5 Jan 2023

Latest Covid-19 surge appears to be mostly infecting Australians who have not had the disease before

5:38 pm on 5 January 2023
A woman walks past the Sydney Harbour Bridge after stay-at-home orders were lifted across NSW, in Sydney, Australia, Tuesday, October 12, 2021.

A woman wearing a mask walks past the Sydney Harbour Bridge. Photo: Anadolu Agency via AFP

The latest Covid-19 outbreak in Australia appears to be largely sweeping through those who have not yet had the disease.

Only one in five people who reported an infection in December were known to have had Covid-19 previously, according to the ACT government.

While data is unavailable for most of the country, the numbers from the ACT suggest that past exposure to the disease provides some protection against the prevailing strains.

This contrasts with widely publicised concerns that newer Covid-19 subvariants are highly effective at evading the body's immune defences.

The ACT is one of few jurisdictions that reports its reinfection rate, though its outbreaks largely mirrored those in New South Wales and Victoria last year.

About 46 percent of Australians had already had Covid-19 by June last year, according to an analysis of antibodies in blood samples.

That proportion is almost certainly far higher today. This, combined with the ACT data, indicates a previous infection is associated with avoiding infection during this latest surge.

However, any protective effect that exists now is unlikely to last, as immunity wanes and the disease evolves.

Infectious diseases specialist Sanjaya Senanayake, an associate professor at the Australian National University, said the ACT data reflected what was happening overseas.

Singapore, for example, was also reporting that about 20 percent of known new cases were reinfections.

Senanayake said this relatively small number of reinfections showed that immunity - whether from vaccines or past exposure - was working for most people.

"It's hard to differentiate, in a place like Australia, between purely vaccine-induced immunity and infection-induced immunity, because many of us have both been Covid-19-infected and have had [several] vaccines," he said.

"This is hybrid immunity we're seeing.

"And what it tells us is that, even though in laboratory settings … these new subvariants have the potential to evade the immune system, this hybrid immunity is providing good protection."

From pandemic to endemic disease

Having had Covid-19 before will not protect everyone from reinfection this summer - Prime Minister Anthony Albanese, who got the disease a second time last month, is one high-profile exception among many.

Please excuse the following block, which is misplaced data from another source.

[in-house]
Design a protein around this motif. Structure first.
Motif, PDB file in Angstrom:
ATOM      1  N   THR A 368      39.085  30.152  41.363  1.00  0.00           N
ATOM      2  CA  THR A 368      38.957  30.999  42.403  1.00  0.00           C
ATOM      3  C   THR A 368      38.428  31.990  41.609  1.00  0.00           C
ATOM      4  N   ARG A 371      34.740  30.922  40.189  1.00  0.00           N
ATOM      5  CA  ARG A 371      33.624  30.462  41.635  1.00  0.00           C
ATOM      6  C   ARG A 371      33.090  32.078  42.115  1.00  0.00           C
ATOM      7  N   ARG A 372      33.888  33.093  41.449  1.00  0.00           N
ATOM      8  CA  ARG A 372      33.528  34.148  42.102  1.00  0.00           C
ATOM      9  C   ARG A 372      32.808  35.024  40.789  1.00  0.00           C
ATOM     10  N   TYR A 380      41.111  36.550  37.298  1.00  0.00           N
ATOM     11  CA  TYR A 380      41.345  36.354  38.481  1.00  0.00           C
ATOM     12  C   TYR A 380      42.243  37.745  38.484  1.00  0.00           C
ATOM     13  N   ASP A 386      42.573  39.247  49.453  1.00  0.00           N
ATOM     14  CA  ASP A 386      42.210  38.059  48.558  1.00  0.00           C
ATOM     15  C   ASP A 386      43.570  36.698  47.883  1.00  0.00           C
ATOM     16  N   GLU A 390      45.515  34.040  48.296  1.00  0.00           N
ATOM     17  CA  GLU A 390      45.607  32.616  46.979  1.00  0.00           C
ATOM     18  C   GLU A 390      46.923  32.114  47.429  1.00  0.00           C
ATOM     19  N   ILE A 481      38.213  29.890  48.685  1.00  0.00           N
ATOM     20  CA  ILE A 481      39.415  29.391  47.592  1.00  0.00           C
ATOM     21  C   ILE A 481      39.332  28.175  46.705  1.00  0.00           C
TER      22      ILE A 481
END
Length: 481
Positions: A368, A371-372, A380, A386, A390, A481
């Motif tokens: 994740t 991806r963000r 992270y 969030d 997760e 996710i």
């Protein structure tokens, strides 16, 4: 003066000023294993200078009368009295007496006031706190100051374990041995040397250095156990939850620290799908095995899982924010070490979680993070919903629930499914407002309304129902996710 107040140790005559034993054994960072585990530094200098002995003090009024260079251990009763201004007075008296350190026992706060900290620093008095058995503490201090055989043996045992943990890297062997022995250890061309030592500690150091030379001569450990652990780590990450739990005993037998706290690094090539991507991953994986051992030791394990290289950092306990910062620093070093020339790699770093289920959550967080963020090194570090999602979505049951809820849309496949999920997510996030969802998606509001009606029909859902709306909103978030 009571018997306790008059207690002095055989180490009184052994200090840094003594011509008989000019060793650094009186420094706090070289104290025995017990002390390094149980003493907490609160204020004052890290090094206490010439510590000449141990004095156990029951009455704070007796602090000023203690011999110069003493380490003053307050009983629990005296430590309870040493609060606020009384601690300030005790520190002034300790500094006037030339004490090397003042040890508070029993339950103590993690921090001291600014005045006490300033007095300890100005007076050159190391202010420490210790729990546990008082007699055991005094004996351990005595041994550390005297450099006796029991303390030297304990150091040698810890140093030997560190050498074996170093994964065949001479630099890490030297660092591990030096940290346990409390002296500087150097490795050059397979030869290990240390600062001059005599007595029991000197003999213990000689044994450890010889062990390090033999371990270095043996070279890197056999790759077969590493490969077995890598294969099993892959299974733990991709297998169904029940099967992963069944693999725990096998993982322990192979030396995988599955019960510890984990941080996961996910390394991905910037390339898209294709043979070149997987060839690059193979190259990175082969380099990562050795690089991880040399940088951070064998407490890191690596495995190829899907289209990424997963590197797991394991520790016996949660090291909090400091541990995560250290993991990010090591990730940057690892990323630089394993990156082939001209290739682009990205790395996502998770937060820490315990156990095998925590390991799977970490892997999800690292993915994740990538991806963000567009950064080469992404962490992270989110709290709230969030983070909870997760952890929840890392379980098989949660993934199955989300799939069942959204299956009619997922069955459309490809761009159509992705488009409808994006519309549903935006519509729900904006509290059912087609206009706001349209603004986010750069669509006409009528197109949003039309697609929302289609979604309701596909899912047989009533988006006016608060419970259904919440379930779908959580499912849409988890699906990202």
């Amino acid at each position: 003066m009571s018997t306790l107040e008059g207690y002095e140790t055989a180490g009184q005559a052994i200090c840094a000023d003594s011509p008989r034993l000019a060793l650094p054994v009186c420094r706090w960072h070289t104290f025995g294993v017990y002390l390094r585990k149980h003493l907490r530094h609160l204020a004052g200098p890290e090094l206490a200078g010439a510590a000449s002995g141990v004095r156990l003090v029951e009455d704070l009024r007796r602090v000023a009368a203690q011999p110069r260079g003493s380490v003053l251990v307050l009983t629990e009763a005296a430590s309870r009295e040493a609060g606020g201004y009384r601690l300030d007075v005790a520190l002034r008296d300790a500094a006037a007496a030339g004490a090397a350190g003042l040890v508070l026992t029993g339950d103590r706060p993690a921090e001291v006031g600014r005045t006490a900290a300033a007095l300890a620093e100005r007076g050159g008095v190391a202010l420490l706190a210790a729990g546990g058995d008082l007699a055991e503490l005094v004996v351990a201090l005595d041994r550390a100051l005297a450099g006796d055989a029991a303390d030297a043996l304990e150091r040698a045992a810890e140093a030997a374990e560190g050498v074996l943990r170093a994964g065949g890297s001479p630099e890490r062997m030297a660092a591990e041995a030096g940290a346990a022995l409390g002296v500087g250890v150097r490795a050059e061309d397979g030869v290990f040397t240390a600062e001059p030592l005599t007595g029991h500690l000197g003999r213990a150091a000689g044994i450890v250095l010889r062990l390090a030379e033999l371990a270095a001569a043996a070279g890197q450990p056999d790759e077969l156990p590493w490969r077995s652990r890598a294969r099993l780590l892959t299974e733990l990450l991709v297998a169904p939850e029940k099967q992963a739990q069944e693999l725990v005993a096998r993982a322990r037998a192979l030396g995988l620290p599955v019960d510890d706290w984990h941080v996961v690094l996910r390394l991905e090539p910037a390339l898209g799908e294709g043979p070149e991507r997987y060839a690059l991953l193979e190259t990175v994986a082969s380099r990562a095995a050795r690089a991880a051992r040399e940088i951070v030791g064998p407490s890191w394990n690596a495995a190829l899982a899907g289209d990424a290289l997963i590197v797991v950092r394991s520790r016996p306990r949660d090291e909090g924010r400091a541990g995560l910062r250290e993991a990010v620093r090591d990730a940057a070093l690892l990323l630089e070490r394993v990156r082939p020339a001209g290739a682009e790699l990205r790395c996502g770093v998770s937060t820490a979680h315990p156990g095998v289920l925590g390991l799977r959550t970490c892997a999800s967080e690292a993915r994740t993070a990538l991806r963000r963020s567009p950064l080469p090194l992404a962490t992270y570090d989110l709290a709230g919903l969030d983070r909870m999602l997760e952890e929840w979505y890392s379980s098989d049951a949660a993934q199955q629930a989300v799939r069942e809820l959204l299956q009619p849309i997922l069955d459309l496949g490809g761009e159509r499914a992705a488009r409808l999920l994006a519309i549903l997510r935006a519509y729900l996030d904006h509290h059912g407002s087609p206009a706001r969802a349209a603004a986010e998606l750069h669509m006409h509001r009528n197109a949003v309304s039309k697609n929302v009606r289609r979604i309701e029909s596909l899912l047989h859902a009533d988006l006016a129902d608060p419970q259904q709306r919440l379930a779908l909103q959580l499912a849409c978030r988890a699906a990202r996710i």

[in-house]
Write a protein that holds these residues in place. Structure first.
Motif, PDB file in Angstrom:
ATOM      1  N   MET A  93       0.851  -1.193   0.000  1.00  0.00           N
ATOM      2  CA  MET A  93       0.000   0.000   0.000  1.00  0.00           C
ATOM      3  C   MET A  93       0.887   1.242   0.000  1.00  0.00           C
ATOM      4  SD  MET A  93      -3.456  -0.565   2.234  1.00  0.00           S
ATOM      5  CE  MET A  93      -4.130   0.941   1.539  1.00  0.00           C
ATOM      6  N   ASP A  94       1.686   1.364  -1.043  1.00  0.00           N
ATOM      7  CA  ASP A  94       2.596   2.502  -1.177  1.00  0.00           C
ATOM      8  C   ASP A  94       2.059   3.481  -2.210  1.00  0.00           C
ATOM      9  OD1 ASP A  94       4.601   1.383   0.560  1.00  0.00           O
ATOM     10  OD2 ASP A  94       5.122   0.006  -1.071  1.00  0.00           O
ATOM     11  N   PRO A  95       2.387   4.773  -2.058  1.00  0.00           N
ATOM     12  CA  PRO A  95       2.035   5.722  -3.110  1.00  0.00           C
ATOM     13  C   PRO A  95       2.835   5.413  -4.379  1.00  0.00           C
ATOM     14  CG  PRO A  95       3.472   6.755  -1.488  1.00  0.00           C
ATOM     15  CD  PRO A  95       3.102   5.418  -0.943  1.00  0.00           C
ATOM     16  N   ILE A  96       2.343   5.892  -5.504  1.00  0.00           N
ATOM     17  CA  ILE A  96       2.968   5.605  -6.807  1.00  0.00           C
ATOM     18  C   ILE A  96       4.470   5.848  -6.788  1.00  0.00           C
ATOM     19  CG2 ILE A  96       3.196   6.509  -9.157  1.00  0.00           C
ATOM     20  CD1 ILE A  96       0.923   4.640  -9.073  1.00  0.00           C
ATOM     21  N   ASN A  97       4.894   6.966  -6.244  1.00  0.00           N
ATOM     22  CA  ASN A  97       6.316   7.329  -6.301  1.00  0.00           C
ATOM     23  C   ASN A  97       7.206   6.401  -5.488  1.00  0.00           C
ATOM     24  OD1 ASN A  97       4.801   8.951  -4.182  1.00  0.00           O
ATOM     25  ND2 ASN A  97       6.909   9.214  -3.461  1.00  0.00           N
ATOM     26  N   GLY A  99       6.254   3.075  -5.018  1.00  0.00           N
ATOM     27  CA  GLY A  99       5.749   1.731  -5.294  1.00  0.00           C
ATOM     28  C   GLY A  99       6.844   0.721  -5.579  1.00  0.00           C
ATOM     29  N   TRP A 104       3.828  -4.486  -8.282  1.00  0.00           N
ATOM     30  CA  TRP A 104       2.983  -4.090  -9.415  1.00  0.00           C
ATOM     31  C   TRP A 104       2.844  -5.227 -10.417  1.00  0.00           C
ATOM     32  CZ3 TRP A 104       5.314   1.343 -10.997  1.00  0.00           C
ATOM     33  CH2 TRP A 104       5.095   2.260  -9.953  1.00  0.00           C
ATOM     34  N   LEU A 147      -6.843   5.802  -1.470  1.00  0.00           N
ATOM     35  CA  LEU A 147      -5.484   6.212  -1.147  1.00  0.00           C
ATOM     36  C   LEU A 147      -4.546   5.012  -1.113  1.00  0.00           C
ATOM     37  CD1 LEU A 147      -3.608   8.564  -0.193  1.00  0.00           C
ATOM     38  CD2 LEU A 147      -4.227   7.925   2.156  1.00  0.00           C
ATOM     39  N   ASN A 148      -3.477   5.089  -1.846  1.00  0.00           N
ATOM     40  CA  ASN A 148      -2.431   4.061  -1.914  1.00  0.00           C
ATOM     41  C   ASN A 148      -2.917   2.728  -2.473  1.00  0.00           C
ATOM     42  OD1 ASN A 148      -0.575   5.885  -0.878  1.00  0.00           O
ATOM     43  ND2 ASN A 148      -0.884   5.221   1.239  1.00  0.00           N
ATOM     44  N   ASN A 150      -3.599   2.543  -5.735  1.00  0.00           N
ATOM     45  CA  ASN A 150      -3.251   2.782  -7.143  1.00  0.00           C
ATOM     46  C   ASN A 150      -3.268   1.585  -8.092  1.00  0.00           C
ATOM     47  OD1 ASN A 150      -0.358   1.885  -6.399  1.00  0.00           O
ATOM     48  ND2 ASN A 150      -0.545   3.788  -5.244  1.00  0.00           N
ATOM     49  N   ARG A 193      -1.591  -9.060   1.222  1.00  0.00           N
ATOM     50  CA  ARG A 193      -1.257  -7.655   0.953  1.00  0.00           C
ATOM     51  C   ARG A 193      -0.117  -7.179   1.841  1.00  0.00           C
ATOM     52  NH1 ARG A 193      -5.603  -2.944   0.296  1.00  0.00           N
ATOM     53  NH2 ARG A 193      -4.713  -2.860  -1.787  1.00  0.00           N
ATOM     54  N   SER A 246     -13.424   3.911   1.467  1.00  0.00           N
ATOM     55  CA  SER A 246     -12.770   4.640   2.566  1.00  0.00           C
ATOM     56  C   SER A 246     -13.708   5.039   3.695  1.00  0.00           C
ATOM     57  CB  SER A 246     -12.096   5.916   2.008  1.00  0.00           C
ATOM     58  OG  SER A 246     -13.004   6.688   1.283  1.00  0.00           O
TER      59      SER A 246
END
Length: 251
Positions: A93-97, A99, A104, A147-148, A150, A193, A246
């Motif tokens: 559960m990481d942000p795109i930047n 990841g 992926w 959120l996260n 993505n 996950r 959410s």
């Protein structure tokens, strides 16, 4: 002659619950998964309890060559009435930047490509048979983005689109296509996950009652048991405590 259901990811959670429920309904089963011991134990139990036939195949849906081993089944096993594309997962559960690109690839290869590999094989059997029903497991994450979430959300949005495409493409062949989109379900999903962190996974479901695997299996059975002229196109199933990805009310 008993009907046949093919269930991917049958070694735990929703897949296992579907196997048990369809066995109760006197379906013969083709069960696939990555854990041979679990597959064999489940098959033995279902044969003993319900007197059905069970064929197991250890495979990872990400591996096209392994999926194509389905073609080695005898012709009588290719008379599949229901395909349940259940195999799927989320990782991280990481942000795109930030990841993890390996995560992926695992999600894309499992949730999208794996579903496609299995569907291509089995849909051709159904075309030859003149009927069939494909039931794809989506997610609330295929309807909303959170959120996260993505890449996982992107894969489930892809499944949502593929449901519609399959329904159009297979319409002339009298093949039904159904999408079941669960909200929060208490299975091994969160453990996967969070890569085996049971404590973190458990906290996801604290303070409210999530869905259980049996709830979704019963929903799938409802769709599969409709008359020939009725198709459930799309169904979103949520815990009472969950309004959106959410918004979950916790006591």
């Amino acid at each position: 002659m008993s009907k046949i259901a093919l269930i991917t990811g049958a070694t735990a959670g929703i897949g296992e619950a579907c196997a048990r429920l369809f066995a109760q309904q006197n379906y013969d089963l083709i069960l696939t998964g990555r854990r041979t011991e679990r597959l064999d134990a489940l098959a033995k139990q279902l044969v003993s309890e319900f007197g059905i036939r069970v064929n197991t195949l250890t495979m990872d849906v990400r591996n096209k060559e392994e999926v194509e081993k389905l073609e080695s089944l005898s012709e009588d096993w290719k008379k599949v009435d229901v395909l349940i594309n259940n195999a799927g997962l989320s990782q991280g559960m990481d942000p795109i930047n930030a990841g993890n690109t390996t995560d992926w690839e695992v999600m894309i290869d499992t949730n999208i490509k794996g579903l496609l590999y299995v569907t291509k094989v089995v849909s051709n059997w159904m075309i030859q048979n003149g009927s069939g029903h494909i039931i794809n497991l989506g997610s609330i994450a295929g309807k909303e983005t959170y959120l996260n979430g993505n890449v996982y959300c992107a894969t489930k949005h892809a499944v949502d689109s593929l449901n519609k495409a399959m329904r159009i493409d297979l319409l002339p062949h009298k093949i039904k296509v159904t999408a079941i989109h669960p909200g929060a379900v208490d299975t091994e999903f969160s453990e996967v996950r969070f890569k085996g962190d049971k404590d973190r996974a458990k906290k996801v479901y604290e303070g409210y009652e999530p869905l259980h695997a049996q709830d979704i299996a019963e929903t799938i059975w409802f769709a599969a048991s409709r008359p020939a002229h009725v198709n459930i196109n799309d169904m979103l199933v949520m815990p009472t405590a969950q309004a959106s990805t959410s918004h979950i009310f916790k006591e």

Older and/or chronically unwell people are more likely to be reinfected.

So are health workers and other people who are exposed to coronavirus on a regular basis.

Senanayake said the virus had changed significantly over the past three years and would continue to change.

But he said this progression appeared to be mostly positive.

"We as the hosts have also changed, because of this hybrid immunity," he said.

"That is going to lead to a situation where this virus will become endemic."

In September last year, World Health Organisation director-general Tedros Adhanom Ghebreyesus declared that the pandemic's "end is in sight", but warned countries to maintain efforts to control outbreaks and vaccinate their populations.

Senanayake agreed that the endemic period - when Covid-19 "is part of our normal lives, just like flu is part of our normal lives" - was approaching, but was not quite here.

He said endemic Covid-19 would still pose a life-threatening risk to some, but most people would likely experience very mild or asymptomatic infections.

"That's reassuring because that means that, even if they become infected, it doesn't impact on their personal health, they don't end up in hospital," he said.

"We know from data in places like Portugal, they found that even infection with the very early Covid-19 variants provide you with some protection against the later [Omicron variants].

"So with antivirals in place to protect our most vulnerable and better vaccines available, and this hybrid immunity, I think we're heading in the right direction with Covid-19."


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